mankind is daily becoming smaller," an alarm
ing prospect if it had been true. Homer more
than once makes a very disparaging compari
son between his own degenerate cotomporaries
and the heroes of the Trojan war. But all the
facts and circumstances which can be brought
forward on this subject tend to convince us,
that the human form has not degenerated, and
that men of the present age are of the same
stature as in the beginning of the world. In
the first place, though we read both in sacred
and profane history of giants, yet they were at
the time when they lived esteemed as wonders,
and far above the ordinary proportions of
mankind. All the remains of the human body
(as bones and particularly the teeth) which
have been found unchanged in the most ancient
urns and burial-places, demonstrate this point
clearly. The oldest coffin in the world is that
found in the great pyramid of Egypt; and Mr.
Greaves observes that this sarcophagus hardly
exceeds the size of our ordinary coffins, being
scarcely six feet and atilt' long. From looking
also at the height of mummies which have been
brought to this country, we mutt conclude that
those who inhabited Egypt two or three thous.
and years ago were not superior in size to the
present inhabitants of that country. Lastly,
all the facts, which we can collect from ancient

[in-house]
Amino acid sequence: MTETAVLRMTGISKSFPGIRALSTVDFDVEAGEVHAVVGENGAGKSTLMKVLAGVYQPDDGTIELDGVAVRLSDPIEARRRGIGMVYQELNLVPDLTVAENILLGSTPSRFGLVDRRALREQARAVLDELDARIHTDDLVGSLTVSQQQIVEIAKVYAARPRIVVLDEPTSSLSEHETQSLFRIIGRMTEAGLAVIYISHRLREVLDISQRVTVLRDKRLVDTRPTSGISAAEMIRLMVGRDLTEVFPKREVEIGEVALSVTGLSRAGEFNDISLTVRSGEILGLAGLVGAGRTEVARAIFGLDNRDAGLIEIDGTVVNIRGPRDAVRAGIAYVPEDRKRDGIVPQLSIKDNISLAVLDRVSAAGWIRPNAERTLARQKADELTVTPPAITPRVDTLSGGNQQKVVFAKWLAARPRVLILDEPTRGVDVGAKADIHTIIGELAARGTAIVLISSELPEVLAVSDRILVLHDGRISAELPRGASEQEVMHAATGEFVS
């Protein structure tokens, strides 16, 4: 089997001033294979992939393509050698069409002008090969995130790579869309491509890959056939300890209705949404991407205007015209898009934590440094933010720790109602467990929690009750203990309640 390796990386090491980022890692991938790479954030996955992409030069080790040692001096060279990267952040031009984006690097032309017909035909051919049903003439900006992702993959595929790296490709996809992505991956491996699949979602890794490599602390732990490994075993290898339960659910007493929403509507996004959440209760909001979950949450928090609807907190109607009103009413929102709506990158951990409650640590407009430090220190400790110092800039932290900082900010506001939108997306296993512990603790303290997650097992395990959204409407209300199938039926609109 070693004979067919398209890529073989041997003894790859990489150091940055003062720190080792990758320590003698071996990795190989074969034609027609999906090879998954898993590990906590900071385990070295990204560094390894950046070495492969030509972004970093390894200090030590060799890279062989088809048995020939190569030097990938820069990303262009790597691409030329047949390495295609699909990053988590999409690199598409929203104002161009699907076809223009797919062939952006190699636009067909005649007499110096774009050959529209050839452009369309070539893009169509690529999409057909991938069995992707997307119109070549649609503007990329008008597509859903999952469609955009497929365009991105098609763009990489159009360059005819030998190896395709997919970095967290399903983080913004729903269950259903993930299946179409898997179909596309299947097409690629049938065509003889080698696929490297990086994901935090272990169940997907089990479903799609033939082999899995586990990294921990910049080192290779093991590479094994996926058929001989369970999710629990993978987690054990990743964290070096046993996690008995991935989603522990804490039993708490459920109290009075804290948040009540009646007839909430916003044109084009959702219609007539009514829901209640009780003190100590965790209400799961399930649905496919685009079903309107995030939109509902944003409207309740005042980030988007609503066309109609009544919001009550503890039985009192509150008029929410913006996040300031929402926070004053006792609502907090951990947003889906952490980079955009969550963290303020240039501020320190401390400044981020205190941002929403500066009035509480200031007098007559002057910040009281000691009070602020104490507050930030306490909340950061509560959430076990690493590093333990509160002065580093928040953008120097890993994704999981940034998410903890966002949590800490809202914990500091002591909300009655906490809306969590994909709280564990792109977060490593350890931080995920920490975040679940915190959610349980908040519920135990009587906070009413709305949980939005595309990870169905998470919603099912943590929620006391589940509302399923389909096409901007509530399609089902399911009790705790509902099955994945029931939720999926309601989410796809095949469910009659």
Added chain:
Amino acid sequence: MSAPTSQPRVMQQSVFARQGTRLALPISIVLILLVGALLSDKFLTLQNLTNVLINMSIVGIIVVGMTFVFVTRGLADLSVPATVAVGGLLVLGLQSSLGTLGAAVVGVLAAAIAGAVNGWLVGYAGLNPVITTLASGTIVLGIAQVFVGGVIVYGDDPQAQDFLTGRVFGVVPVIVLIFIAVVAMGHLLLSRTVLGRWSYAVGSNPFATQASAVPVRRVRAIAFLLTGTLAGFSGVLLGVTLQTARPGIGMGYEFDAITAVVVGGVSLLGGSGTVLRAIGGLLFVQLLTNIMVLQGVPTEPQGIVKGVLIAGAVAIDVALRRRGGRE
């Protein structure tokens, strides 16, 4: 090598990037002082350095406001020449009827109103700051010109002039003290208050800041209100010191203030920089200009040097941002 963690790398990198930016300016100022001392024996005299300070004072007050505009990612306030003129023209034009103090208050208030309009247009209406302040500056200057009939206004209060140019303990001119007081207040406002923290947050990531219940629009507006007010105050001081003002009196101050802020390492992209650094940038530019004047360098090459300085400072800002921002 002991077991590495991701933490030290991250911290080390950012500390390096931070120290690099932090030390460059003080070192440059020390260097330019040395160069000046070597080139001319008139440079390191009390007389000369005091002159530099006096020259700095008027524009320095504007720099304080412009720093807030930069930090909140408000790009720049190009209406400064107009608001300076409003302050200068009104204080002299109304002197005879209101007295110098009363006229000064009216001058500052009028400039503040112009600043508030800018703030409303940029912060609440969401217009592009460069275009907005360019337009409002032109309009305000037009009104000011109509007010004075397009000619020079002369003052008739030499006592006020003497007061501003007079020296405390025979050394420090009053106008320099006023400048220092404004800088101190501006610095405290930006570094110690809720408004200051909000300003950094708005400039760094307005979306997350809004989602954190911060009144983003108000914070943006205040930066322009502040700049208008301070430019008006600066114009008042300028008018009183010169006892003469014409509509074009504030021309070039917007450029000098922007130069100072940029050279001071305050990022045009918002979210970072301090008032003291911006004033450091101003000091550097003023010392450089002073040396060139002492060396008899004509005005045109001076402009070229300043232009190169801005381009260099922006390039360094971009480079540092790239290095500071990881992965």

works of art, from armor, as hetnlets and
breastplate., or fr..na buildings designed for
the abode and accommodation of men, concur
in strengthening the proofs against any decay
in Nature, That man is not degenerated is
stature_ in consequence of the effects of civili
zation is clear; because the inhabitants of
savage countries, as the natives of America,
Africa, Australia, or South Sea Islands, do
not exceed us in size.—Scottish Guard.
Ugly va. Ugly.
In the eastern part of Delaware county, in
this State, there resided a man named B—,
now a justice of peace, and a very sensible man,
but by common consent the ugliest looking in
dividual in the whole country, being long,
gaunt, sallow, and awry, with a gait like a kan
garoo. One day he was a bunting, and on one
of the mountain roads he met a uutn ou foot
and alone, who was longer, gaunter, uglier,
by all odds, than himself. Ile could give the
Squire "fifty" and bent him. Without saying
a word, B—raised his gun and deliberately lev
elled it at the stranger. "For God's sake,
don't shoot," shouted the stranger in great
alarm. "Stranger," replied 8., "I swore ten
years ago that WI ever met a man uglier than
I was, I'd shoot him, and you are the first one
I've seen." The stranger, after a careful sur
vey of his rival, replied, "Wel, if I look any